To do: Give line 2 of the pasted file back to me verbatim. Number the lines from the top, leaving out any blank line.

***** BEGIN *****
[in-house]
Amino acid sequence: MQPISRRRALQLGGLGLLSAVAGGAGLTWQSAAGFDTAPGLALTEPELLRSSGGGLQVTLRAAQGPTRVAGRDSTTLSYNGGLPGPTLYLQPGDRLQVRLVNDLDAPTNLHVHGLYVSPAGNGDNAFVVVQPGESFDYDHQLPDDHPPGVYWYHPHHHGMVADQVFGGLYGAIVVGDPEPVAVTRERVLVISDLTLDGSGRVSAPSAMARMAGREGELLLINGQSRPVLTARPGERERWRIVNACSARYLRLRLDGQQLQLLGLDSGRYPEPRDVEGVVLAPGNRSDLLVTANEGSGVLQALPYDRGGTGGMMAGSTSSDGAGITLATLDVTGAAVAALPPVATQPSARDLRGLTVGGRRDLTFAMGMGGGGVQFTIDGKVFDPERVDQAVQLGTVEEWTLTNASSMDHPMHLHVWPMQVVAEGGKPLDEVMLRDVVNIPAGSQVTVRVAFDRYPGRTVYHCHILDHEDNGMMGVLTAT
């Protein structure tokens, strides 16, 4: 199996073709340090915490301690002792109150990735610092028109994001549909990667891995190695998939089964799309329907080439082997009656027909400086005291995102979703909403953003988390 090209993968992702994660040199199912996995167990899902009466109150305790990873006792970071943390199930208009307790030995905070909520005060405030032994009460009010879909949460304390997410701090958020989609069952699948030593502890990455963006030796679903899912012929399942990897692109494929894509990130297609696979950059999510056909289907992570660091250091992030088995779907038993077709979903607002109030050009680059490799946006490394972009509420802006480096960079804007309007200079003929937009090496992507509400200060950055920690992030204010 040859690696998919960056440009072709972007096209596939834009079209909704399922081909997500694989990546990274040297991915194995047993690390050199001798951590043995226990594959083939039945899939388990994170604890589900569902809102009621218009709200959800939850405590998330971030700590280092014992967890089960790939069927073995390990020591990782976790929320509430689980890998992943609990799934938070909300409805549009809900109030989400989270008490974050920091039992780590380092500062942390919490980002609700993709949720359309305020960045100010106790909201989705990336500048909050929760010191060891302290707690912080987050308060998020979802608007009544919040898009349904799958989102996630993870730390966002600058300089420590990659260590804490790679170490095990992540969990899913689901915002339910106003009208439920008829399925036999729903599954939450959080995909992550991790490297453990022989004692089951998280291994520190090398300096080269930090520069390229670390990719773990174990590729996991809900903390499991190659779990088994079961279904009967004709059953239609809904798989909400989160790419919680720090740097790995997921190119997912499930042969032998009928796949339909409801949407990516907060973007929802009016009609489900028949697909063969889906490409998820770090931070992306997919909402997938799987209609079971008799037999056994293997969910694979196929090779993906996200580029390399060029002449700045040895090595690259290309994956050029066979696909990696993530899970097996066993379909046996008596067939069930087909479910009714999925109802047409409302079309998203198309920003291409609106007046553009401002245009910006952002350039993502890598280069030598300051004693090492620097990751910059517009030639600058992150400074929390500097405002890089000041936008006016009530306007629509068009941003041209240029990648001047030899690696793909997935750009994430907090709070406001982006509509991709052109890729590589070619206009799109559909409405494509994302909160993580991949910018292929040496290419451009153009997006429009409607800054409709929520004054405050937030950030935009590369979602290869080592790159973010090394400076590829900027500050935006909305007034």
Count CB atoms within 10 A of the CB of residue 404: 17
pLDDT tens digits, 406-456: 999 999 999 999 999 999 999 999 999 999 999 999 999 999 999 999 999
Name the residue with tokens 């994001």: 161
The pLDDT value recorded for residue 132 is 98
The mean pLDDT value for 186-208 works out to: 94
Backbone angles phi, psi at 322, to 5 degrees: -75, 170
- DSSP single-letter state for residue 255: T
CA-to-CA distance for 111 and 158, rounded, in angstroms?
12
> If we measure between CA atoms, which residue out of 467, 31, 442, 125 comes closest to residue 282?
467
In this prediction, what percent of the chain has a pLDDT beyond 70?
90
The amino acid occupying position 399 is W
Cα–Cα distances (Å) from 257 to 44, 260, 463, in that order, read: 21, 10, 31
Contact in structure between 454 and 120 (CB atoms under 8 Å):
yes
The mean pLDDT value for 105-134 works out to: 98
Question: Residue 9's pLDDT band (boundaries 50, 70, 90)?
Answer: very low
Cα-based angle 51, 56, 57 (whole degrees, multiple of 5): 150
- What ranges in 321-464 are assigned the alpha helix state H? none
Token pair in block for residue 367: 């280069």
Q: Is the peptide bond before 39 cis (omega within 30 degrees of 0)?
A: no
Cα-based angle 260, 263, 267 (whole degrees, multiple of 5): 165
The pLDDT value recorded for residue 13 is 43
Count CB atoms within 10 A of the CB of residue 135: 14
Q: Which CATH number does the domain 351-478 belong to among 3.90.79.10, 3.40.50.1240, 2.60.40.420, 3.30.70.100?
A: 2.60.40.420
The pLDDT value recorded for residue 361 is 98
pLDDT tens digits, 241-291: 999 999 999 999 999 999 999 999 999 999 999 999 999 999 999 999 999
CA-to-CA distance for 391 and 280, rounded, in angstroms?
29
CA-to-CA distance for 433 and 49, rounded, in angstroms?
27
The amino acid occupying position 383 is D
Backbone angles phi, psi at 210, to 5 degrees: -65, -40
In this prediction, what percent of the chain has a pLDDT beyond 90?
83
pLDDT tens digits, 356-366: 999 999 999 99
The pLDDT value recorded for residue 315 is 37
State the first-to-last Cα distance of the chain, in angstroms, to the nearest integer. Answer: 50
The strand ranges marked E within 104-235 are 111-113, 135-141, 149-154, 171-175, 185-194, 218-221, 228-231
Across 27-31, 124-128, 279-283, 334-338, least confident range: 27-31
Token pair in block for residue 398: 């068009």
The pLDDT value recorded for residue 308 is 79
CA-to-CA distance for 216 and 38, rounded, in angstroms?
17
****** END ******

Amino acid sequence: MQPISRRRALQLGGLGLLSAVAGGAGLTWQSAAGFDTAPGLALTEPELLRSSGGGLQVTLRAAQGPTRVAGRDSTTLSYNGGLPGPTLYLQPGDRLQVRLVNDLDAPTNLHVHGLYVSPAGNGDNAFVVVQPGESFDYDHQLPDDHPPGVYWYHPHHHGMVADQVFGGLYGAIVVGDPEPVAVTRERVLVISDLTLDGSGRVSAPSAMARMAGREGELLLINGQSRPVLTARPGERERWRIVNACSARYLRLRLDGQQLQLLGLDSGRYPEPRDVEGVVLAPGNRSDLLVTANEGSGVLQALPYDRGGTGGMMAGSTSSDGAGITLATLDVTGAAVAALPPVATQPSARDLRGLTVGGRRDLTFAMGMGGGGVQFTIDGKVFDPERVDQAVQLGTVEEWTLTNASSMDHPMHLHVWPMQVVAEGGKPLDEVMLRDVVNIPAGSQVTVRVAFDRYPGRTVYHCHILDHEDNGMMGVLTAT